China’s MNI flash business sentiment index reading eased to 52.99 in May from 56.04 in Apr. (MNI)

Japan’s nationwide department-store sales rose 1.3% yoy in Apr to ¥480bn (14.1% in Mar), the second straight rise on the back of improved consumer confidence and warm weather. Tokyo’s department-store sales rose 6.7% yoy in Apr (26.7% in Mar), also the second consecutive monthly gain. (MNI)

Japan’s Cabinet Office raised its assessment of the economy on the back of “emerging demand for reconstruction,” whilst lowering its evaluation of its largest trading partner China for the first time in three months. Economy Minister Motohisa Furukawa said the economy shows upward movement and gradual growth may continue. (Bloomberg)

Japanese Finance Minister Jun Azumi said he was monitoring currency moves with extra care and was prepared to respond as appropriate. (Reuters)

India: Consumer price inflation accelerated to 10.36% in April
India’s consumer-price inflation accelerated in April, as prices of cereal, pulses, milk and meat products rose. The consumer-price index climbed 10.36% y-o-y, compared with a revised 9.38% advance in March. The Reserve Bank of India last month slashed the benchmark repurchase rate by 50 bps and signaled that inflation might limit the room for further cuts, flagging price risks from the fiscal deficit, energy costs and a weaker currency. India’s wholesale-price index also unexpectedly accelerated in April to 7.23%. (Bloomberg)

EU: Spain raises 2011 deficit to 8.9% on regions’ unpaid bills
Spain revised up its 2011 budget deficit to 8.9% of GDP after accounting for the unpaid bills of regional governments. The revision, from 8.5%, won’t affect this year’s deficit goal of 5.3% of GDP. Most of the slippage in unpaid bills came from Madrid and Valencia. The revision risks fueling investor doubts about Spain’s ability to rein in the euro region’s third-largest budget deficit while battling a second recession in as many years and a 24% unemployment rate. Spain’s new 2011 deficit figure compares with 9.1% for Greece last year and 13.1% for Ireland. (Bloomberg)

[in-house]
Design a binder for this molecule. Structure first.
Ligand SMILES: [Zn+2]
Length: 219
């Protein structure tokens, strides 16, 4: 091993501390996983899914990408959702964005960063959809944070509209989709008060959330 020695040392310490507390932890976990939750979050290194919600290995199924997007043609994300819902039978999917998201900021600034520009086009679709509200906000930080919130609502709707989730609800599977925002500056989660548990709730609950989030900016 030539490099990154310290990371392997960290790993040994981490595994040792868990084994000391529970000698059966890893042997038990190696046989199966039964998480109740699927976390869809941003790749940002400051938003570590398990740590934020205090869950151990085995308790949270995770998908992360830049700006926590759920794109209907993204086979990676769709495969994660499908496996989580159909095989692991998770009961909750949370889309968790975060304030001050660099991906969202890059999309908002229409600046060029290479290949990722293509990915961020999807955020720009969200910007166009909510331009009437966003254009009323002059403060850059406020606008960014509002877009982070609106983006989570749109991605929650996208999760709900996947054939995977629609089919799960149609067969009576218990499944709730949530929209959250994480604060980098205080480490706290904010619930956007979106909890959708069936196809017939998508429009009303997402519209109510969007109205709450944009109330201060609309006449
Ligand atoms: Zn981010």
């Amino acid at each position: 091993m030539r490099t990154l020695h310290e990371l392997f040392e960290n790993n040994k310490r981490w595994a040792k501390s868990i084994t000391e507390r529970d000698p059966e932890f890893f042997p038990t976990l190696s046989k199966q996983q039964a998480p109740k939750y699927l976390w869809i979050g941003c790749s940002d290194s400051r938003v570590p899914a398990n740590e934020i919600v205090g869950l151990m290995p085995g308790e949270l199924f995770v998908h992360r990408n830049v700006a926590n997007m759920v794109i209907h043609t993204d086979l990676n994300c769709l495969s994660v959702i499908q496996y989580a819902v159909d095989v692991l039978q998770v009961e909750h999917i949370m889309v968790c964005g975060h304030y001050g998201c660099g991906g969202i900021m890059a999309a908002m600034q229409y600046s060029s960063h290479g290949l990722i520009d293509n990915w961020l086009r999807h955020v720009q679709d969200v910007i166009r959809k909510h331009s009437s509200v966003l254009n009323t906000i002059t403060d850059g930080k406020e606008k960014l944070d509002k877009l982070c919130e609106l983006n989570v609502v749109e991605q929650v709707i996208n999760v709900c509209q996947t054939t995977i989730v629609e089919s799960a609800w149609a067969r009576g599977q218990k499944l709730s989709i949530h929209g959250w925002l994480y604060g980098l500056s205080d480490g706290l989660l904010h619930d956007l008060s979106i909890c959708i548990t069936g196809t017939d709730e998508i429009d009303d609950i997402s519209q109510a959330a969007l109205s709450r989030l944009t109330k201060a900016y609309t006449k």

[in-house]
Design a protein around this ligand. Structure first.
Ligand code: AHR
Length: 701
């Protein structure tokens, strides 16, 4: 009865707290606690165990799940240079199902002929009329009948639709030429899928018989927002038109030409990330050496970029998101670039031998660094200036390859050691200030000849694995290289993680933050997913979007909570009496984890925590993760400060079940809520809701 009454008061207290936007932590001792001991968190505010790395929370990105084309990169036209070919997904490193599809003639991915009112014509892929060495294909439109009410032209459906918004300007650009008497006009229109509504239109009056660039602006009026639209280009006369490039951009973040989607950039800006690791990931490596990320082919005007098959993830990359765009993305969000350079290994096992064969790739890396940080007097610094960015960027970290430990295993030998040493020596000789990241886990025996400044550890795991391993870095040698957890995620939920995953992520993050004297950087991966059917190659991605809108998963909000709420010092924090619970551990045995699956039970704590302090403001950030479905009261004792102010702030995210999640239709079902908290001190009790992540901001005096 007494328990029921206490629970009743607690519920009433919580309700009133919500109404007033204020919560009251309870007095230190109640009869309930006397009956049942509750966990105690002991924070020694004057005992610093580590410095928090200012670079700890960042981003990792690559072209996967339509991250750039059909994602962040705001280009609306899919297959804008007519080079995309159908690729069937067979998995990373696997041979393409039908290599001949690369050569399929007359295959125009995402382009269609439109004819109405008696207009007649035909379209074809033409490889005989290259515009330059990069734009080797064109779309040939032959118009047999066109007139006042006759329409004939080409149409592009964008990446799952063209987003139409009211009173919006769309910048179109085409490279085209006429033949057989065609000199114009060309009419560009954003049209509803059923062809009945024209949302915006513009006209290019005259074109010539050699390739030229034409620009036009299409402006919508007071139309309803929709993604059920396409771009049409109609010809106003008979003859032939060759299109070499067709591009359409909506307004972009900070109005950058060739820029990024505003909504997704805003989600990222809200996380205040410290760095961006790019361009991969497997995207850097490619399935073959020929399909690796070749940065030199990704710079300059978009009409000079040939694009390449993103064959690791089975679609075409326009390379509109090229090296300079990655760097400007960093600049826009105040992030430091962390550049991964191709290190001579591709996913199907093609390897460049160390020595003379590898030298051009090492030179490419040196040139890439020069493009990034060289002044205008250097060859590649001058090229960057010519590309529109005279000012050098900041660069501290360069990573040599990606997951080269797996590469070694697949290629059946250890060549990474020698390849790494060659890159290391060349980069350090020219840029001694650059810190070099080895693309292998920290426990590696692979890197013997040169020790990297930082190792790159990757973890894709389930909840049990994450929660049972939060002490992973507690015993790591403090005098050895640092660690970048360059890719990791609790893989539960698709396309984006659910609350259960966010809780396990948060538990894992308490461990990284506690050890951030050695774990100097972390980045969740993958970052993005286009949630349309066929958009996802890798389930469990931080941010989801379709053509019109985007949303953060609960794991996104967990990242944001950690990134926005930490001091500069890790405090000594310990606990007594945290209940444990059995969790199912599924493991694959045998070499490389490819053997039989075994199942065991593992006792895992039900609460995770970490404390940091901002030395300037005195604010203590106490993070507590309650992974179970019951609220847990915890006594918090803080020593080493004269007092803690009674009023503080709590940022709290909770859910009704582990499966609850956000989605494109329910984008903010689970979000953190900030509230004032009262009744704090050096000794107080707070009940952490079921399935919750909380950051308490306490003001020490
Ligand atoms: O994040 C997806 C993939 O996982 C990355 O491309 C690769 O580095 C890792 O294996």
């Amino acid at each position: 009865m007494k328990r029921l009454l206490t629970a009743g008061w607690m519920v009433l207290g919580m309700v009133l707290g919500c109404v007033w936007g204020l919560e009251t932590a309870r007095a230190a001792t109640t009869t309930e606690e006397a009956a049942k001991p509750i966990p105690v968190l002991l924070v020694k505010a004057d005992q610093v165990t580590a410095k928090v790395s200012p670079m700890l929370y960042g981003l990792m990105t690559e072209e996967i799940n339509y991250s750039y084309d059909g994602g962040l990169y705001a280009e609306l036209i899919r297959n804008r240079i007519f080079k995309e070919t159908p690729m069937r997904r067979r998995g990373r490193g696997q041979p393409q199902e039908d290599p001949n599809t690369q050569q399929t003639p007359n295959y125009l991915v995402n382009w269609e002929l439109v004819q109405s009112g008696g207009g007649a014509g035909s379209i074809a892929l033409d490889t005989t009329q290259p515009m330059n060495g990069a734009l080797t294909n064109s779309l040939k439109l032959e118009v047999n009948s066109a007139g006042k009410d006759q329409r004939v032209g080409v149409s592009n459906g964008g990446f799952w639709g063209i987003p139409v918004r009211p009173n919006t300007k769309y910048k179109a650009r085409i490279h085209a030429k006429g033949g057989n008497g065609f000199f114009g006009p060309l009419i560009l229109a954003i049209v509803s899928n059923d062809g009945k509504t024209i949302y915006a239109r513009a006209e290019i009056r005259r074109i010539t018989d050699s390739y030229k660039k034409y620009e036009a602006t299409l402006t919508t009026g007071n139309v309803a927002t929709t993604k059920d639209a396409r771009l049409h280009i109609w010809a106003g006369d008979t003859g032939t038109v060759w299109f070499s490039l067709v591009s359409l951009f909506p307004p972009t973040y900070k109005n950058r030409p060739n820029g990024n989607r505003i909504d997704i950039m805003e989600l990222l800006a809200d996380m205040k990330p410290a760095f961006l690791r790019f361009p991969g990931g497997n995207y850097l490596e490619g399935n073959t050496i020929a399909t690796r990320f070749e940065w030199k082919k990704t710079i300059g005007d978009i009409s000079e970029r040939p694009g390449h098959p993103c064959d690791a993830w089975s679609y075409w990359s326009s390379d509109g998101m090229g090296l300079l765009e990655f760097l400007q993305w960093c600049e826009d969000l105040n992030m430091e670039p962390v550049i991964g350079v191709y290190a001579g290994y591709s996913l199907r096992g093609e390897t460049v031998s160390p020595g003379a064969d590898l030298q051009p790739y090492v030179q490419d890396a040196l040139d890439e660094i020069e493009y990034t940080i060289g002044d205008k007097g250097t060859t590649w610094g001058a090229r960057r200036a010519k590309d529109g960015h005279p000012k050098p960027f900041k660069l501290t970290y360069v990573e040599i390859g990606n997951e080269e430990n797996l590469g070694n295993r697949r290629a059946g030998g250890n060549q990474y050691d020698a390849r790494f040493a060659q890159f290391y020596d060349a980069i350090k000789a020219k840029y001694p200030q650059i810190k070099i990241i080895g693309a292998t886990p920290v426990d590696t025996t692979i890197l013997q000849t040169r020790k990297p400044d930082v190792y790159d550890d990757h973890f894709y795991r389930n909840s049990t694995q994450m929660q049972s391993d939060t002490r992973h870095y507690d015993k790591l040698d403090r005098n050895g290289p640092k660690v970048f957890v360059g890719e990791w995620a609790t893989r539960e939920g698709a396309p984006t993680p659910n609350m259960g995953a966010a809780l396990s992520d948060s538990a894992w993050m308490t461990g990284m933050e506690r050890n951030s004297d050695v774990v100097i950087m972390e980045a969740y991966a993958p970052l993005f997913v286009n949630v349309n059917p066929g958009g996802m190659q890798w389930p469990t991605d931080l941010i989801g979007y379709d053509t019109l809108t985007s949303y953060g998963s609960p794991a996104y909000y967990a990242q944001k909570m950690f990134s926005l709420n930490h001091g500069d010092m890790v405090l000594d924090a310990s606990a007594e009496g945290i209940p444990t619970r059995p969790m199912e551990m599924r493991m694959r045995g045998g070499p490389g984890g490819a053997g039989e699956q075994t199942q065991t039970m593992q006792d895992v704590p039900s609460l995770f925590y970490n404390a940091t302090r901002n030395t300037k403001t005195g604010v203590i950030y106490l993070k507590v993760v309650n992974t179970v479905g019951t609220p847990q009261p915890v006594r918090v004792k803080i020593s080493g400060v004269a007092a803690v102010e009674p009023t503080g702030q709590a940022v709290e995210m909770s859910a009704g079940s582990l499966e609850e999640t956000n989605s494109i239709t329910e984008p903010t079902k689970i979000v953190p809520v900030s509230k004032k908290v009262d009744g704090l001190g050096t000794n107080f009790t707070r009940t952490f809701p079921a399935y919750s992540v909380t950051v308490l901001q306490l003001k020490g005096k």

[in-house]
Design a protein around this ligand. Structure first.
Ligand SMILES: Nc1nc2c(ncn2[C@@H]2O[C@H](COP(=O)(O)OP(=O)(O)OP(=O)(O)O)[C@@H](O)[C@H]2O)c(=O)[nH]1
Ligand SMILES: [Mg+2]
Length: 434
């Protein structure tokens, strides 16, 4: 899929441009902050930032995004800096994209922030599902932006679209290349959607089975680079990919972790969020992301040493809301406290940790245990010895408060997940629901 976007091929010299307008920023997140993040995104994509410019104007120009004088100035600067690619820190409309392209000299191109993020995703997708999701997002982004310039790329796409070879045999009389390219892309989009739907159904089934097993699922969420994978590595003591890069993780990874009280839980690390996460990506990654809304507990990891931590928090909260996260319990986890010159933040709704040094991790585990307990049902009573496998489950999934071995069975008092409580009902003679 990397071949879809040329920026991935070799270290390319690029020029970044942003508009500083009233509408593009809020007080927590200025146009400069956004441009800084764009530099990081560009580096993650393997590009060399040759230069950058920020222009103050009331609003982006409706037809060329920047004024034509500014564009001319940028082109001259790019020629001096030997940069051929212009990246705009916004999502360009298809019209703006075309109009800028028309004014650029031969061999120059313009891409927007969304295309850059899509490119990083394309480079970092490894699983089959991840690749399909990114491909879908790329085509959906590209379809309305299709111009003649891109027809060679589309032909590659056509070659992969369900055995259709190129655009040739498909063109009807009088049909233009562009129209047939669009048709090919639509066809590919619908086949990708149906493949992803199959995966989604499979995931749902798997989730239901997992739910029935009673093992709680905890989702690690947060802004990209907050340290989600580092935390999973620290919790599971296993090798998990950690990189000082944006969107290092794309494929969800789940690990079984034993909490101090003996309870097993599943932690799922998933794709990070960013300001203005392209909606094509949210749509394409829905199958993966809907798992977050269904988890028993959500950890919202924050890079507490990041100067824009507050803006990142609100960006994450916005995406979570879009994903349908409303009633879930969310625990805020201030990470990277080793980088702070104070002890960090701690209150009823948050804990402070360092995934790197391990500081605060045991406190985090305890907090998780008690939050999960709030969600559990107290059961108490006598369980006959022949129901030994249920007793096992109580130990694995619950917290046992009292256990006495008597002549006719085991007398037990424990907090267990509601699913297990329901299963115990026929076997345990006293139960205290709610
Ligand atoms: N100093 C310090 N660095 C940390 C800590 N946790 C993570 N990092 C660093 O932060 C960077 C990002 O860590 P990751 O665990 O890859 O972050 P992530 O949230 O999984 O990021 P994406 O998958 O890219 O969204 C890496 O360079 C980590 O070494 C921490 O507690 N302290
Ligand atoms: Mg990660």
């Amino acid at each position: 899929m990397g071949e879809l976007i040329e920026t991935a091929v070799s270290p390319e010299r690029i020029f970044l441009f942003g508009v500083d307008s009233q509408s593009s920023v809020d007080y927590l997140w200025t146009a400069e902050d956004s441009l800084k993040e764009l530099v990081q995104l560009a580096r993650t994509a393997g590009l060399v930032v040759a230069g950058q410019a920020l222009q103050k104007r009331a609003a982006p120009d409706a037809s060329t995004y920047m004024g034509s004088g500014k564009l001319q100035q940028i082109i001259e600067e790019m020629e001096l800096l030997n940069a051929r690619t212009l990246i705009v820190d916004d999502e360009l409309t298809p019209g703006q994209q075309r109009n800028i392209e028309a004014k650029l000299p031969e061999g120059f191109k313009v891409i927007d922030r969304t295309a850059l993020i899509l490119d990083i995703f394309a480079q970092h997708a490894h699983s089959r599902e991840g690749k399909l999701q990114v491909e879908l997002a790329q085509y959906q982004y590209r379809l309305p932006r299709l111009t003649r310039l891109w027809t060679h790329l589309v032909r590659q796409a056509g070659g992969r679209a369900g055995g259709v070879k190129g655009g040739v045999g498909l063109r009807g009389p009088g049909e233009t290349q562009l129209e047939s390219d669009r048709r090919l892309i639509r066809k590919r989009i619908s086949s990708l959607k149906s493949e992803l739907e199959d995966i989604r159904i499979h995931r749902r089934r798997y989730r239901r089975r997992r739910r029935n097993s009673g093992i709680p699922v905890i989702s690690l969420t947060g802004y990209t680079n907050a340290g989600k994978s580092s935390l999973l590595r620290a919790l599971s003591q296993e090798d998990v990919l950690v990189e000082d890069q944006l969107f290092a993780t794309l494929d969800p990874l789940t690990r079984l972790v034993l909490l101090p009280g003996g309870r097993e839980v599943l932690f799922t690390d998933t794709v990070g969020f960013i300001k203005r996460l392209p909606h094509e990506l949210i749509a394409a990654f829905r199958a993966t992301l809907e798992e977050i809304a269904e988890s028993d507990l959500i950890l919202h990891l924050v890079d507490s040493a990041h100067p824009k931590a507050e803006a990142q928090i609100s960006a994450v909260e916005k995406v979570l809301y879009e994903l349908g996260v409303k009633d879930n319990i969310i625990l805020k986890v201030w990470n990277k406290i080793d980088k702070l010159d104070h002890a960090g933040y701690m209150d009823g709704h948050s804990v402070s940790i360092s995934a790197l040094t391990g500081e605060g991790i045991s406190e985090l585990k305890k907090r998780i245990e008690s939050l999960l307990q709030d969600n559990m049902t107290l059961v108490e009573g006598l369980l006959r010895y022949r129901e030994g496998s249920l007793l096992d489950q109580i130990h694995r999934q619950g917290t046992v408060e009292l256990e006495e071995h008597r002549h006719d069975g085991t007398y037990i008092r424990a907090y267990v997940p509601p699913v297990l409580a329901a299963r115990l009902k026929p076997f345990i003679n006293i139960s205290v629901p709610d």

The US government loosened a ban on American investments in Myanmar in the strongest acknowledgment yet of the political and economic transformation put in motion by a new government of former army generals. President Barack Obama also appointed Derek Mitchell the first US ambassador to Myanmar in 22 years. (Bloomberg)

US President Barack Obama welcomed Europe's focus on rekindling growth and expressed confidence that Europe has the capacity to meet its economic challenges. (Reuters)

Guarantees provided by US lenders to holders of Greek, Portuguese, Irish, Spanish and Italian government, bank and corporate debt rose 10% qoq to US$567bn in 4Q11, according to the most recent data from the Bank for International Settlements. (Bloomberg)

European officials are working on contingency plans in case Greece exits of the euro zone, the EU's trade commissioner said, while Berlin said it was prepared for all eventualities. (Reuters)

US: Payrolls increase in 32 states
Payrolls increased in 32 states in April, while the unemployment rate dropped in 37, indicating the labor market improved across much of the US. Indiana led the nation with a 17,100 gain in payrolls, followed by Texas with 13,200 more jobs. Nevada remained the state with the highest jobless rate even after it dropped to 11.7% from 12% in March. Unemployment in Rhode Island climbed to 11.2%, putting it in second place, followed by California at 10.9%. The US added the fewest number of workers in April, while the jobless rate unexpectedly fell to a three-year low of 8.1% as people left the labor force. (Bloomberg)

Canada: Inflation accelerates to 2% in April on transport
Canadian consumer price inflation accelerated last month on higher prices for automobiles and clothing, supporting the view that interest rates will probably rise sooner than in the US. The consumer price index rose 2% in April y-o-y compared with a 1.9% gain the prior month. The core inflation rate, which excludes eight volatile components, increased to 2.1% after a March gain of 1.9%.Transportation costs rose 3.2% in April y-o-y, with passenger vehicles up 3.4%. Gasoline prices rose 3.3% y-o-y. Clothing and footwear prices rose 2.4% as stores stocked new spring and summer outfits. Food costs rose 2.5%, with restaurant meals gaining 2.8%. (Bloomberg)